M80 High-speed No-wake landing craft

Anti-wobble boat keeps low profile

Jay Mac the Cryptic Subterranean tips me off to this new experimental landing craft:

A HIGH-SPEED landing craft unveiled this week by the US Department of Defense will not only stay steady at its top speed of 50 knots, but also produces virtually no wake. The vessel, dubbed Stiletto, is the prototype for a new breed of craft designed to carry troops and their equipment ashore without attracting attention.

Stiletto’s hull has a double-M shape that channels the wake under the craft. There it mixes with oncoming air to produce froth that lifts the ship part-way out of the water, reducing drag and increasing stability, says Greg Glaros, the programme’s leader at the defence department’s Office of Force Transformation.

The hull is made of carbon fibre, and the 27-metre-long, 12-metre-wide vessel will be able to haul around 37 tonnes. The prototype cost $6 million to build, and will be tested during this year.

A bit of googling turns up some more:

Here’s another shot, for a sense of scale:

If you’ve got broadband, this 32MB Power Point slide show is sort of interesting.

For more info on the “how”, see this M Ship article: Jumping Catfish Batman!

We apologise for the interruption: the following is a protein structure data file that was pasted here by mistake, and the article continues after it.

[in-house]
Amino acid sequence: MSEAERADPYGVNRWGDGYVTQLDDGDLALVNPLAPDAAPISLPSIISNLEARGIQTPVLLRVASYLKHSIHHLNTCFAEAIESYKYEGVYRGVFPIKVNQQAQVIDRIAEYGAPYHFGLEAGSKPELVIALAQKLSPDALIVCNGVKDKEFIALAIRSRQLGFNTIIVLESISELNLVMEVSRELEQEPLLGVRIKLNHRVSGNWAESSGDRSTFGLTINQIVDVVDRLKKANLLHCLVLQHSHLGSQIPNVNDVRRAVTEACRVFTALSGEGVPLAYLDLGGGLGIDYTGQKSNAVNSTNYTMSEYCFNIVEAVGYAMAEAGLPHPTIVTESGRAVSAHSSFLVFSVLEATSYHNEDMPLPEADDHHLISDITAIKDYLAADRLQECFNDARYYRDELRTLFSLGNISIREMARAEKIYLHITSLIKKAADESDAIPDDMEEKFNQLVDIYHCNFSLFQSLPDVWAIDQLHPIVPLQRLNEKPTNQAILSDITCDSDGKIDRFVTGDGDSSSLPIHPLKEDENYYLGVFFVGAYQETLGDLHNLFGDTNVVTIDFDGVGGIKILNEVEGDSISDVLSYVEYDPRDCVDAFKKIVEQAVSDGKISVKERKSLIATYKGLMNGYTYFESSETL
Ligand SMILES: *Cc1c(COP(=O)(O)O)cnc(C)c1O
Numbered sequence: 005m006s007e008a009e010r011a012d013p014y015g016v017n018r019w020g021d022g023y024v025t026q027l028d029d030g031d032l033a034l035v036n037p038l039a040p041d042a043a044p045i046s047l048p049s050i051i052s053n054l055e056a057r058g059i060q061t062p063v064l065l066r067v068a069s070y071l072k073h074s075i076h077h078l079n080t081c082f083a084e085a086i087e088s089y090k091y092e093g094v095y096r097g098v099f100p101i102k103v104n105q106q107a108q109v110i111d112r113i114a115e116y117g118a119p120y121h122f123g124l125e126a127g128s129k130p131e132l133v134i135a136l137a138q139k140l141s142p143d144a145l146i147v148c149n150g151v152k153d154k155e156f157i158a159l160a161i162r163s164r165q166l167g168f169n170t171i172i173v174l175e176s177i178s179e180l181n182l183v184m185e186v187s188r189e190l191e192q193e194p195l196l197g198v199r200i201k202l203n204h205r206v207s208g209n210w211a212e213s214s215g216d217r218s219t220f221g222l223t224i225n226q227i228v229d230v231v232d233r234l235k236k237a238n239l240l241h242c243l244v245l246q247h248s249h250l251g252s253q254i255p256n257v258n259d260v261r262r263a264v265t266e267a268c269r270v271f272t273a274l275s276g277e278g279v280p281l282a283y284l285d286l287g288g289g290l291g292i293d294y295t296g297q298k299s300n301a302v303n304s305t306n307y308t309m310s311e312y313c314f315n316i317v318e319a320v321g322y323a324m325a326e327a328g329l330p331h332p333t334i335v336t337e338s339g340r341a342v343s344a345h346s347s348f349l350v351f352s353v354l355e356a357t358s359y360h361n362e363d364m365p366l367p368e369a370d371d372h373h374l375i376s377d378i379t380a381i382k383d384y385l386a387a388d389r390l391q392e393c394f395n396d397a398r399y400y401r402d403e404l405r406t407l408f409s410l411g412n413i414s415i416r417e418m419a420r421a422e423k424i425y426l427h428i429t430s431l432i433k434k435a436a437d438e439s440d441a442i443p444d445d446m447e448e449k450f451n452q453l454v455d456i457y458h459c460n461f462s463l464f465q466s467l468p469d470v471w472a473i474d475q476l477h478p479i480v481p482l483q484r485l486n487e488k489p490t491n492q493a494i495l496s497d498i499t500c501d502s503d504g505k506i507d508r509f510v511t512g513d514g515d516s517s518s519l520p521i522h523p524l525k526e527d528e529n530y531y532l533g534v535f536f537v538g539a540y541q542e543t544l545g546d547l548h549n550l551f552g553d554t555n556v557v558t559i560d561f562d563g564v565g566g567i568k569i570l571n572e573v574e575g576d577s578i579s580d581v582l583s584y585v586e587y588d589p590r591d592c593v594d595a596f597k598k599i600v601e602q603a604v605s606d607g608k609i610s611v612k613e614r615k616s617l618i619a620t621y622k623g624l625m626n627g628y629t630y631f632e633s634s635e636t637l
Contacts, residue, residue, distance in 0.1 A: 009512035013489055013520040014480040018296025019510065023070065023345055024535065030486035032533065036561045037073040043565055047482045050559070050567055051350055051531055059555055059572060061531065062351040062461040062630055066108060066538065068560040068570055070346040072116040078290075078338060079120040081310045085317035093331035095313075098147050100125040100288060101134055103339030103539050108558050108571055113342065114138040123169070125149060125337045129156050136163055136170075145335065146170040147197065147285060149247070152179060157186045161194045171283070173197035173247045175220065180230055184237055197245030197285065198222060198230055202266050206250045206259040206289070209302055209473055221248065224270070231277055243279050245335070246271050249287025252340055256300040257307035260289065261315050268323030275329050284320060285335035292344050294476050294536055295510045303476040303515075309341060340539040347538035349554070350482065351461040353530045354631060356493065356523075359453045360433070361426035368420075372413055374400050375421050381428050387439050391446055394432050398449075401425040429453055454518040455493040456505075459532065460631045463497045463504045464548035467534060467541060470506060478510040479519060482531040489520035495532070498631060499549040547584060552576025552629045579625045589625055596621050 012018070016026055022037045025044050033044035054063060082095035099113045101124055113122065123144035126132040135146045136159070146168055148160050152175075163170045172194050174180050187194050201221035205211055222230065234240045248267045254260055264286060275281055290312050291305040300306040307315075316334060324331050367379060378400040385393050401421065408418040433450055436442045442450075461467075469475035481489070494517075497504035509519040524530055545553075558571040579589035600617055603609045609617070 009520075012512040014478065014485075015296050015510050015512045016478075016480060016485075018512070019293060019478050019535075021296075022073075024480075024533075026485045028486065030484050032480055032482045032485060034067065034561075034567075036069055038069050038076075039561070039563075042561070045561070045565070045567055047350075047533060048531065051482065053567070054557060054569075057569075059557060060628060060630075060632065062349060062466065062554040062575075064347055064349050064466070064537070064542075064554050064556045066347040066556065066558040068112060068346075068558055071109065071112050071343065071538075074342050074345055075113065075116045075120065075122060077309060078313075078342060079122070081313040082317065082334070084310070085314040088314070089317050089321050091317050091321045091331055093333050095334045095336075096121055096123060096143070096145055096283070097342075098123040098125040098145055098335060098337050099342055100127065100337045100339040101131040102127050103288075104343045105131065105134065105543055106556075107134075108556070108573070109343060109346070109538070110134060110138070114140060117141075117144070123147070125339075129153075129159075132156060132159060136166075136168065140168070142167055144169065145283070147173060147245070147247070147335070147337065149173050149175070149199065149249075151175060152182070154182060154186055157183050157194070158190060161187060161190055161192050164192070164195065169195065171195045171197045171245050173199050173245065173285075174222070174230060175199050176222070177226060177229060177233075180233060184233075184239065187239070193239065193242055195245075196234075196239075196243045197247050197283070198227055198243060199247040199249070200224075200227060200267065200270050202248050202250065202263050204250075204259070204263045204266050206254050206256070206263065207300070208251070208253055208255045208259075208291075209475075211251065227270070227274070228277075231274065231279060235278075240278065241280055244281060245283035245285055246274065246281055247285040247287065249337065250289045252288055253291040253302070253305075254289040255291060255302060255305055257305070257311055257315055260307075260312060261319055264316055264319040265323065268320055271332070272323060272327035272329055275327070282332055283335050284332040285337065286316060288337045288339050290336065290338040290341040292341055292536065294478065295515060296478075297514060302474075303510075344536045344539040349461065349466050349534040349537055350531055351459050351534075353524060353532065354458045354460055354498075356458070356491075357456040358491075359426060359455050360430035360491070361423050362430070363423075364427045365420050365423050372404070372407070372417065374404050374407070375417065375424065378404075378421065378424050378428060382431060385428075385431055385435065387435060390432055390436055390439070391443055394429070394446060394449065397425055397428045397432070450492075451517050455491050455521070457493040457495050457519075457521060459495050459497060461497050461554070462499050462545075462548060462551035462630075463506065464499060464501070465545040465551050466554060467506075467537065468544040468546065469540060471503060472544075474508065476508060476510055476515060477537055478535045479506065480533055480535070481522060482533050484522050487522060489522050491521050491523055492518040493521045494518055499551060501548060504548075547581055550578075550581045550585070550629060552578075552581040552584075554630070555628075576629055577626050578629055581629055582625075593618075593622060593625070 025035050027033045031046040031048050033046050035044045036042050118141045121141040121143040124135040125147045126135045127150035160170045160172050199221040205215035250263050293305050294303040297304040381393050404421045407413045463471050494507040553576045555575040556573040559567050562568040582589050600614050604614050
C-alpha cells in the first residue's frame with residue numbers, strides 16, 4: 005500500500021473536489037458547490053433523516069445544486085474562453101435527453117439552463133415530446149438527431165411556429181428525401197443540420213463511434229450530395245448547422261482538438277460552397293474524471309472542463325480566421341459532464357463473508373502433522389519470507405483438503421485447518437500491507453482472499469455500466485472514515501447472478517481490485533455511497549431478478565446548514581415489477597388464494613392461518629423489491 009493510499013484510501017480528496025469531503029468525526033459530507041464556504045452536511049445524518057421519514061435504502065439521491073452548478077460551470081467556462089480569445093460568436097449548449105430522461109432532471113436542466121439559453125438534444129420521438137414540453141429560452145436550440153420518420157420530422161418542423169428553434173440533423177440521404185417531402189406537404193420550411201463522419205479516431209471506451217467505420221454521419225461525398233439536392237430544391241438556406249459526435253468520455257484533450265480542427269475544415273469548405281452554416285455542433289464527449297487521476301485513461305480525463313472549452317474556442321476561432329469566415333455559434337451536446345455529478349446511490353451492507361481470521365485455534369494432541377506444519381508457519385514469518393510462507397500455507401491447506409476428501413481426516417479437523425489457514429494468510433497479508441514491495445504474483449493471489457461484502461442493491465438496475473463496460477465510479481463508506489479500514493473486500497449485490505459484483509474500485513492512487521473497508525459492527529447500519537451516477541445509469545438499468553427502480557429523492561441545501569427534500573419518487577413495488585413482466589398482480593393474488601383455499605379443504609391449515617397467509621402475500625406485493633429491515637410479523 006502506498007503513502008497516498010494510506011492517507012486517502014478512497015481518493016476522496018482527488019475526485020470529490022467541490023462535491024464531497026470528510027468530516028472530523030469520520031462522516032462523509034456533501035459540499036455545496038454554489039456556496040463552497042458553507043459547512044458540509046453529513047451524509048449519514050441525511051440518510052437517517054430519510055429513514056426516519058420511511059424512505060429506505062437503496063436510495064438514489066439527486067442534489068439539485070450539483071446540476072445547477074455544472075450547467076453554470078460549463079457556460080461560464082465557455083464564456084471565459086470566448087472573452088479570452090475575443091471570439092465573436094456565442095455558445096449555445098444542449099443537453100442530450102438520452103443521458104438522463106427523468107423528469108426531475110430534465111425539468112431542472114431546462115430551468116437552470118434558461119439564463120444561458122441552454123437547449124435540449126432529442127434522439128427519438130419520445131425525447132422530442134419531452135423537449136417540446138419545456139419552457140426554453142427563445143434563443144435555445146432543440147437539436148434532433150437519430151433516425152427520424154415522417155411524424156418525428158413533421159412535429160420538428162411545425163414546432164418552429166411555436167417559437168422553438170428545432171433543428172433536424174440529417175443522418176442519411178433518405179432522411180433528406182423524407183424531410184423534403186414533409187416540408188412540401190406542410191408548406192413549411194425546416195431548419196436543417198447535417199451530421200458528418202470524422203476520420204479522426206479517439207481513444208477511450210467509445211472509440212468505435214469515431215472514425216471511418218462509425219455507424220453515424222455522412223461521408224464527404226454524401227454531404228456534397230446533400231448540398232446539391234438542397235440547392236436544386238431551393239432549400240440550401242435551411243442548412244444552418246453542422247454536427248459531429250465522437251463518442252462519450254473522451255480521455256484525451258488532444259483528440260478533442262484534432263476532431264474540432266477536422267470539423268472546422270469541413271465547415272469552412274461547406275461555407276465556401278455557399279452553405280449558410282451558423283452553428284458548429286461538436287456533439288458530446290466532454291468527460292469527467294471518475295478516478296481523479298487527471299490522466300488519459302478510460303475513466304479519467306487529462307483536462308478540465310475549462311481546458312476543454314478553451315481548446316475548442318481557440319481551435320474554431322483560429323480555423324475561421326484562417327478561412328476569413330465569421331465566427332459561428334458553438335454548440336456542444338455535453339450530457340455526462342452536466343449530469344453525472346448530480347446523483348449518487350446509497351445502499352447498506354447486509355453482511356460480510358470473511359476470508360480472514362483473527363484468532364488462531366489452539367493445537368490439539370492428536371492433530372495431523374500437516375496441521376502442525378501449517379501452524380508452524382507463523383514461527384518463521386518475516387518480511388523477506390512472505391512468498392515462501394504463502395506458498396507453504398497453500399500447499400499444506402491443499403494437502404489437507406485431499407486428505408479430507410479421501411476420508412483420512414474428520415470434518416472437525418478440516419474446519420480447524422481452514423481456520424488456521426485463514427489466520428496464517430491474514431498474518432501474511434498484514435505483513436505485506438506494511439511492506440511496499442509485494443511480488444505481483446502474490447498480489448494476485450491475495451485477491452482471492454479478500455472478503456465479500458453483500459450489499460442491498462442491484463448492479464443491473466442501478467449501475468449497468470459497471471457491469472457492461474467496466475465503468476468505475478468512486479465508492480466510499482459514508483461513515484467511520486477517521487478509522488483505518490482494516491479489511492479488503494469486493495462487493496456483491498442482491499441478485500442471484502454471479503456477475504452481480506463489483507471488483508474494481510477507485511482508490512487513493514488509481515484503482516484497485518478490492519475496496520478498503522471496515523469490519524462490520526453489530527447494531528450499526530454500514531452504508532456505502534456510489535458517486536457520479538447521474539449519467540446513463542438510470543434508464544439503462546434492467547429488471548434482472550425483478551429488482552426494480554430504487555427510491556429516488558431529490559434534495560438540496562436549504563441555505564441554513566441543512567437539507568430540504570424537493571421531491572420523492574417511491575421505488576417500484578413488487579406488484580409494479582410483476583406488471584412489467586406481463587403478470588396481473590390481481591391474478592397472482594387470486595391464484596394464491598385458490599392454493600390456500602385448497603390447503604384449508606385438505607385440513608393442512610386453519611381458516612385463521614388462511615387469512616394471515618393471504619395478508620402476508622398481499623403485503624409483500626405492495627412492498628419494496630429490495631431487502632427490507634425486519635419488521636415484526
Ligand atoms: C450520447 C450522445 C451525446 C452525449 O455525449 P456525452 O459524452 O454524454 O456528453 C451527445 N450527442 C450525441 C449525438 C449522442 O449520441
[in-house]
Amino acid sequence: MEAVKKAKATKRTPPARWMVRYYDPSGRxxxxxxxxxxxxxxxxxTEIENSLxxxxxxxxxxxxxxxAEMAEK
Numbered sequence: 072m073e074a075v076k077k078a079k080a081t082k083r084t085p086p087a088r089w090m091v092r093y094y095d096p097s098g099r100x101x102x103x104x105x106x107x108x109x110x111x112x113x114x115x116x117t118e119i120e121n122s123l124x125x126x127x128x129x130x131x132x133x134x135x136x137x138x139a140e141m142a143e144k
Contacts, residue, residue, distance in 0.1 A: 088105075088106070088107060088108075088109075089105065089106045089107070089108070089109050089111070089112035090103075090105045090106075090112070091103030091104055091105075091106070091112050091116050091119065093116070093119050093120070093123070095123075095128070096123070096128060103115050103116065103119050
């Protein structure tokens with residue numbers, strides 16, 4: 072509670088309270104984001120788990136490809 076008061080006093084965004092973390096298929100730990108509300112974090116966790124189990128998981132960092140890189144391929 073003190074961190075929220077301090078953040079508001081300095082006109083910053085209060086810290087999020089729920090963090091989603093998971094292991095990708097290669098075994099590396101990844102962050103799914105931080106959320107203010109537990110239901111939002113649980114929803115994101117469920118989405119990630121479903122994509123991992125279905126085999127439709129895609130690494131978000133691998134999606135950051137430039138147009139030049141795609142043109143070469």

Comments

  1. its top speed of 50 knots Wow, 50 knots! You can water ski behind a sucker that fast. Just like the dudes in the 1st Cavalry did from behind the swift boats in Apocalypse Now. I love the smell of Napalm in the morning. Afternoons however, I prefer the pungent aroma of Willie Pete.

  2. This approach can only reduce wake, not eliminate it completely. A true no wake boat is theoretically possible, but it would be unstable and unseaworthy, and it would still have a lot of drag from its larger wetted surface. I’m sure that this does all it was supposed to, though, but that the inaccuracy is just miscommunication.

  3. You can water ski behind a sucker that fast. Just like the dudes in the 1st Cavalry did from behind the swift boats in Apocalypse Now.’ Actually, I know at least 3 guys who did just that, although they were Navy riverines, not Cav types. Variously behind Swift boats, PBRs and Boston Whalers.